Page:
John Huston’s 1962 film Freud: The Secret Passion follows a young Sigmund Freud during the prime developmental years of psychoanalysis, when Freud began to advance his provocative theories regarding Oedipal conflict and infantile sexuality. In this respect, the film functions as a biographical account of these years, in the style of mid 20th century Hollywood melodramas. Nevertheless, the same question that we raised while interpreting 1926’s Secrets of a Soul remains: how is it possible to make a “psychoanalytic film,” especially when the film (Freud) confronts the kernel of both psychoanalytic origin and mystery that is Freud’s self-analysis? Freud’s self-analysis in The Interpretation of Dreams was foundational to the generation of the modernist symbolic penetration of dreams, an event unexplored since, what Freud calls, “the rejection of the [so-called pre-scientific] mythological hypothesis” (143). From his admiration of mythological meaning-making through that which evades it, Freud’s detailing of the dream-work processes of displacement and condensation was interested in the confused elements of dreams that were dismissed simply by “empirical” claims. In the case of the analytic work, the dream-work which processed latent thoughts to (oftentimes nonsensical) manifest content must be reversed, in order to make conscious what is unconscious in the psyche. The difficulty of analytic work is thus the ruse of the representative images which must be transmitted to the state of spoken signifiers and which unconsciously compel a projection of affect from the analysand towards the analyst. The latter element of analytic work, transference, is undoubtedly important in the relational aspect of the singular symptoms of the neurotic analysand. Freud’s self-analysis, as demonstrated in the “Irma’s Injection” dream, is respectably candid, though the significance of transference in analytic work raises the question of who Freud may have utilized, whether intentionally or not, as a transferential Other. Could there be a transferential relationship between Freud and the public of which he (albeit reservedly) expressed his dreams towards? Could there be a chance that Freud’s relationships with his analysands were reciprocally transferential, especially with regard to his earlier patients such as Elizabeth von R.? The latter question is the question that Huston’s Freud touches on in an interesting scene between Freud and fictional analysand Cecily.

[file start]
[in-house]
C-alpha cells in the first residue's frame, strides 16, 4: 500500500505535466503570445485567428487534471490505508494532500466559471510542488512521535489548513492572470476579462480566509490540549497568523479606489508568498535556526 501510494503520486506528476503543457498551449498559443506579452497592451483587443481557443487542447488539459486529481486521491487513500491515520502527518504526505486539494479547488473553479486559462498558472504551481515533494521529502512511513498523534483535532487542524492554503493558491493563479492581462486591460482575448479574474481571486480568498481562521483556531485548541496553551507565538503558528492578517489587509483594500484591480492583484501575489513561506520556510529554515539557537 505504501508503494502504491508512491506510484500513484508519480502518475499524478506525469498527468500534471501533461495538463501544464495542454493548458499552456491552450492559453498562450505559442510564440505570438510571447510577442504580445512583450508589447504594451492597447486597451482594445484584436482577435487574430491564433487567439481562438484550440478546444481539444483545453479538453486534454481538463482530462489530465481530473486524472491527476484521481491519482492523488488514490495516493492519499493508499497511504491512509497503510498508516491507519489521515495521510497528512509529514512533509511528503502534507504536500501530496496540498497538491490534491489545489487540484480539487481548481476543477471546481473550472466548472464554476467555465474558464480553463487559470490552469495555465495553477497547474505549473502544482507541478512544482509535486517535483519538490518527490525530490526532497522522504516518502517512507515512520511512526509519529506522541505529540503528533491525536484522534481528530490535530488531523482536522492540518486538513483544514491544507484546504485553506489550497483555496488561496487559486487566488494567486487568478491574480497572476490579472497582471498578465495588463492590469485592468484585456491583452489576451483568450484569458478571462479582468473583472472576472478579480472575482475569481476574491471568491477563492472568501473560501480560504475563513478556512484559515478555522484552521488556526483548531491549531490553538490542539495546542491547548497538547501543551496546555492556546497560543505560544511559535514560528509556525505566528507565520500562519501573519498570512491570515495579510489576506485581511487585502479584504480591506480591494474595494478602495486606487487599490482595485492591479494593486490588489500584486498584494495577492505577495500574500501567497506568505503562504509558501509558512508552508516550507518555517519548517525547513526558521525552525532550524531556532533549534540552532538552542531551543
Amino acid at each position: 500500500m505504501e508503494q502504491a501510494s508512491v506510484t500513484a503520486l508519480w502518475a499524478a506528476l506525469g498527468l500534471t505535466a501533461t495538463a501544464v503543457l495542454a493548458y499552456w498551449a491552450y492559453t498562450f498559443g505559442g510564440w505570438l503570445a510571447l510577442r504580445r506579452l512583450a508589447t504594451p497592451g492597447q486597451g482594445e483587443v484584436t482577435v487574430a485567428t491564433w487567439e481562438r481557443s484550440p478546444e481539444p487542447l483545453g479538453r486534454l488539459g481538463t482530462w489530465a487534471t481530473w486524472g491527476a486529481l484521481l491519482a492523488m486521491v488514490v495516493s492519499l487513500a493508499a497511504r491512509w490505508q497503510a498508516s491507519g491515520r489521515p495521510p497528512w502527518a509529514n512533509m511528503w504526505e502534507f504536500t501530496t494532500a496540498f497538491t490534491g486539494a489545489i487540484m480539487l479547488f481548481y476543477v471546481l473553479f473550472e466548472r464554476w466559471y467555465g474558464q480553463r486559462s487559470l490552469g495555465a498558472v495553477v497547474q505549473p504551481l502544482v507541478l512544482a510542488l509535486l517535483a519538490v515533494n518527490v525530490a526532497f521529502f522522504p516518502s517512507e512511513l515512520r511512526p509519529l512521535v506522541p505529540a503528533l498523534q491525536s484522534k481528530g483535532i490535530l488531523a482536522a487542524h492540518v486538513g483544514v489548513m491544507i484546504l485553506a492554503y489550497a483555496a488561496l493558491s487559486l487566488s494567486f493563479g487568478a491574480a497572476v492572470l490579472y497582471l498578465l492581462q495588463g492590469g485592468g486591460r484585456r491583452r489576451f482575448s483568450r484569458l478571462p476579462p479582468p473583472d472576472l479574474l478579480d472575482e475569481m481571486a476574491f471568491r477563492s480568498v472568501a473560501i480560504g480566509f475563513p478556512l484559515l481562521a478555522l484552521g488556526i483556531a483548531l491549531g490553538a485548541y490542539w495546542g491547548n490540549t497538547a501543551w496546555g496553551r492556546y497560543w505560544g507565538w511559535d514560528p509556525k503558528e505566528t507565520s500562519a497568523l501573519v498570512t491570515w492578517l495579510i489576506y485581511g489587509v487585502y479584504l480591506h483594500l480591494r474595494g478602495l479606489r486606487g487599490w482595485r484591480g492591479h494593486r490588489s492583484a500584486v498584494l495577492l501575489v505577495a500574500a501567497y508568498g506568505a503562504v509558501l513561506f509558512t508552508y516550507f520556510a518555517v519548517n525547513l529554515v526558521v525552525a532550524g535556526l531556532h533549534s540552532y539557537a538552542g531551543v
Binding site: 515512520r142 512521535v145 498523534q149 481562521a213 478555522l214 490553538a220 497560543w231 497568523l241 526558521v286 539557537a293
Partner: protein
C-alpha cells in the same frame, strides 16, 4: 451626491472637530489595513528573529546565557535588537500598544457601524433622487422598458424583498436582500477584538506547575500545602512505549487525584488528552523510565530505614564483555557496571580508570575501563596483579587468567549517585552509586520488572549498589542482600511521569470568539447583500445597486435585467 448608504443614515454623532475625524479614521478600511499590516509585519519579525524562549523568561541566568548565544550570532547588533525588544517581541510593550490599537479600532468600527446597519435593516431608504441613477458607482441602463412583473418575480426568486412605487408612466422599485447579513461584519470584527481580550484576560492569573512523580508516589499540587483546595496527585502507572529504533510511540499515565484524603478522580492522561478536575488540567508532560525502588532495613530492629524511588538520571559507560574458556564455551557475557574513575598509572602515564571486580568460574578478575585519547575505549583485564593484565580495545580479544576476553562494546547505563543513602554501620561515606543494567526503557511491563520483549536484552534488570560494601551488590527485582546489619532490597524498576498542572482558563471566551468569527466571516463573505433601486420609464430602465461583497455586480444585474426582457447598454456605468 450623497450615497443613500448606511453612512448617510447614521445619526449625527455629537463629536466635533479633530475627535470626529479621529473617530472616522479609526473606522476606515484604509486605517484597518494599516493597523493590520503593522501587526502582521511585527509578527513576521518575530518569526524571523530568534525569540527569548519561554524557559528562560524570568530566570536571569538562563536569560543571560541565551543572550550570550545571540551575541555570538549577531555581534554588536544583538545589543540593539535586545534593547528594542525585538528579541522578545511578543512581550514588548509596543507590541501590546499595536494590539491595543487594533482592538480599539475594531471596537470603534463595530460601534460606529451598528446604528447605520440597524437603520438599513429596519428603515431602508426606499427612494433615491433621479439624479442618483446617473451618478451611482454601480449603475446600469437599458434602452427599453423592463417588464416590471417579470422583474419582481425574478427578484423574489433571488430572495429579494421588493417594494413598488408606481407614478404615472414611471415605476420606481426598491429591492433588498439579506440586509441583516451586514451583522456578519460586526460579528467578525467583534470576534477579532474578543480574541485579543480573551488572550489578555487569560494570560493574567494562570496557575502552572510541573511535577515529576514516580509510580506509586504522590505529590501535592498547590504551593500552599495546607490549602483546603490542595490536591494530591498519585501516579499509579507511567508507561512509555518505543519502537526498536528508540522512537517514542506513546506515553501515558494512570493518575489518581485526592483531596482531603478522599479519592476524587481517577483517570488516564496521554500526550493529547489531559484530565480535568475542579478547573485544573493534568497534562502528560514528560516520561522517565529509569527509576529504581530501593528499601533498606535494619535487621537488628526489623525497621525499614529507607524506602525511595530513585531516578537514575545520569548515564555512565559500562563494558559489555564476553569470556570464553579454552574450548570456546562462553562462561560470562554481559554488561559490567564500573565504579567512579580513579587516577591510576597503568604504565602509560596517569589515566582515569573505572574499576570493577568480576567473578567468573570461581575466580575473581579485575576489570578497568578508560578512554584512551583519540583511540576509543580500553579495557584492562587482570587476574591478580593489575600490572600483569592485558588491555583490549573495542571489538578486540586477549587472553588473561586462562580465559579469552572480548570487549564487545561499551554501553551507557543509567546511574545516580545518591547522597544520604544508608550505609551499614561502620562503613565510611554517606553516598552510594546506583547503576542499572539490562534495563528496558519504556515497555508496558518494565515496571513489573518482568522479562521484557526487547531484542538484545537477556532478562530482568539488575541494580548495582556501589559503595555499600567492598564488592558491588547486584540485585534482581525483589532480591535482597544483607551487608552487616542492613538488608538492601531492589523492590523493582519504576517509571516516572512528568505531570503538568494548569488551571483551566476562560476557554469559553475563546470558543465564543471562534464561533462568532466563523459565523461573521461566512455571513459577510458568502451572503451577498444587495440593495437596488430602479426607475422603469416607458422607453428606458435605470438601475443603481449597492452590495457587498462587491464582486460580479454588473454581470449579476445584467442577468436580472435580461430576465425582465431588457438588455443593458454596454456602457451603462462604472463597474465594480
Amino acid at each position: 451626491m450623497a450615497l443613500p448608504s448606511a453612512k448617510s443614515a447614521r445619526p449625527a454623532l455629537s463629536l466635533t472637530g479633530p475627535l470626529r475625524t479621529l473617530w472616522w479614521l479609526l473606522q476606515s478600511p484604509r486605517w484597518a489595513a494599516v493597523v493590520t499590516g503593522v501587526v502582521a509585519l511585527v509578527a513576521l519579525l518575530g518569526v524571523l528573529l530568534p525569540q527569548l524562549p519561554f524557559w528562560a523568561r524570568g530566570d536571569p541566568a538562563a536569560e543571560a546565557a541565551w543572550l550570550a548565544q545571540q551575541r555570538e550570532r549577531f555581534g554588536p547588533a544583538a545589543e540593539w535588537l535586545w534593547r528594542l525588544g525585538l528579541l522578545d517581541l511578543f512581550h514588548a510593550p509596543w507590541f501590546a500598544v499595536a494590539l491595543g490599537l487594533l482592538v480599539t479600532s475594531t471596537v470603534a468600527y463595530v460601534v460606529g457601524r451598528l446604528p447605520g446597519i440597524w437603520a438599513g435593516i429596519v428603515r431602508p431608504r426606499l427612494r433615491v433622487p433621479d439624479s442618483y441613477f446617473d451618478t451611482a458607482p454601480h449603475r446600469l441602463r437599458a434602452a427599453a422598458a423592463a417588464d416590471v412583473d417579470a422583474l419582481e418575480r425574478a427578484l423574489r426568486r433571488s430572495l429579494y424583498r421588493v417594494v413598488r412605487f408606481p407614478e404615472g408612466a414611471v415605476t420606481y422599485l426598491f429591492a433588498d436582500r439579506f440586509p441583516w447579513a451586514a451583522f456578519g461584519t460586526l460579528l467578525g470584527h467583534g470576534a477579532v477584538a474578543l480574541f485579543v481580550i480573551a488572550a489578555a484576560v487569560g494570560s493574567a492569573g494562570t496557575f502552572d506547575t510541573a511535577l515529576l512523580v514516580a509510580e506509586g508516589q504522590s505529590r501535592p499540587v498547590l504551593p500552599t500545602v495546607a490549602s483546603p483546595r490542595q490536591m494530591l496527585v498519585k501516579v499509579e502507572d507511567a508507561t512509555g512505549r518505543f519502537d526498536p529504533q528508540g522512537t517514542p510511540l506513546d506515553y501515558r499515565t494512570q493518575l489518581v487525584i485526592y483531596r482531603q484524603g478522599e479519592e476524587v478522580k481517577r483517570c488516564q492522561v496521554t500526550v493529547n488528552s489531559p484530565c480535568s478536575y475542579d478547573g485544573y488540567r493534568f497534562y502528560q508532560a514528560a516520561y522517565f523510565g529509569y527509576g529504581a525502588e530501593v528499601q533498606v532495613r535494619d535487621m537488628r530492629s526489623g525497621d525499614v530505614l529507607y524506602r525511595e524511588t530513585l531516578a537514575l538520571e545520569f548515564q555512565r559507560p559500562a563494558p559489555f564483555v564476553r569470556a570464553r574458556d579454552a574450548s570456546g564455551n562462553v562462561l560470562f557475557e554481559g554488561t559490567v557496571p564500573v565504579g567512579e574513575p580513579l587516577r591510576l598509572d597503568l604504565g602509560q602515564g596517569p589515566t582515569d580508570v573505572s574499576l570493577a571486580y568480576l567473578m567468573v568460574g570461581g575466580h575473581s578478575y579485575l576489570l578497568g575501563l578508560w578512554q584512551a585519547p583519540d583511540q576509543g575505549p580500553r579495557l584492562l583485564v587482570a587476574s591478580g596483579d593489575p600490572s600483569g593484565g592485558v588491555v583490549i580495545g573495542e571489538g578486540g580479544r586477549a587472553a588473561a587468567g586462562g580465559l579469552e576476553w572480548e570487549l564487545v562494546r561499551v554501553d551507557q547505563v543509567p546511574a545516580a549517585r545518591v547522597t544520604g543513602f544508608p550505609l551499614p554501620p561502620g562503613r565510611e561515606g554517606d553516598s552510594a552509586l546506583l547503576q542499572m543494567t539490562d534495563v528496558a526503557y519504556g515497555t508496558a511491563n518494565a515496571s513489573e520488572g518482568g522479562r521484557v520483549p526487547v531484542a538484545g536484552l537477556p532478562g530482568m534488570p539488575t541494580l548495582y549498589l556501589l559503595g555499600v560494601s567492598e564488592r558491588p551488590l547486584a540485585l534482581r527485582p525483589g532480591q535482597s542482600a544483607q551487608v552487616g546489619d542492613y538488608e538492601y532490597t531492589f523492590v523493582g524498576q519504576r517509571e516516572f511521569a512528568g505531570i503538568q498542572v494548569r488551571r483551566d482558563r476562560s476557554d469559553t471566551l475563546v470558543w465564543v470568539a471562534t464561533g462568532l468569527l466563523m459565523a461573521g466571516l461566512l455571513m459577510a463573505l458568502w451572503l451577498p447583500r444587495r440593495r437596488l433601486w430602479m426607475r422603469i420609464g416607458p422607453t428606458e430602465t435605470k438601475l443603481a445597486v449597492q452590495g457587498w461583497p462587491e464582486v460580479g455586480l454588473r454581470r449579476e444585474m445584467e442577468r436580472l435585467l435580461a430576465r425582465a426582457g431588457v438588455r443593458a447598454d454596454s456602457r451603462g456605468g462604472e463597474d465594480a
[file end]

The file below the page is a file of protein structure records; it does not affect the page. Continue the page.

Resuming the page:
Freud: The Secret Passion‘s depiction of transference between Freud and a fictional analysand Cecily features a scene in which Freud asks Cecily during a session about a past incident in which she fainted. This question is spurred by Freud’s own interest in the triggers of fainting, following his own recent incident where he fainted in front of the cemetery where his deceased father was to be laid to rest. This scene highlights the intriguing component of Freud’s self-analysis, which is his investment in the signifiers of his (female) analysand with the goal of self-analysis, and thus with the higher goal of developing psychoanalysis as a theory. Working through Cecily as a means towards theory, (the fictional) Freud’s own relationship with Cecily could possibly be viewed as, at least partially, reverse-transferential, and, most certainly, filled with jouissance that disrupts the analyst’s position as the subject-supposed-to-know. In this way, Cecily, as the seductive, yet childlike and suffering, female subject of the film is almost a reversal of the femme fatale character of film noir cinema. Cecily’s psyche and body are used by the analysts to discover a deeper truth, or more specifically the “secret passion” the film’s title refers to. The fictional scene may bring a truth out at the historical core of psychoanalysis and Freud’s enigmatic self-analysis: the convergence of Freudian psychoanalysis with the used (and arguably erased, if not [impossibly] subsumed) psychic suffering of women. What is psychoanalysis if not the question of the precarity of the pre-Symbolic mother, the Thing itself? Or, as Freud told Marie Bonaparte, “[t]he great question that has never been answered and which I have not yet been able to answer, despite my thirty years of research into the feminine soul, is ‘What does a woman want?'”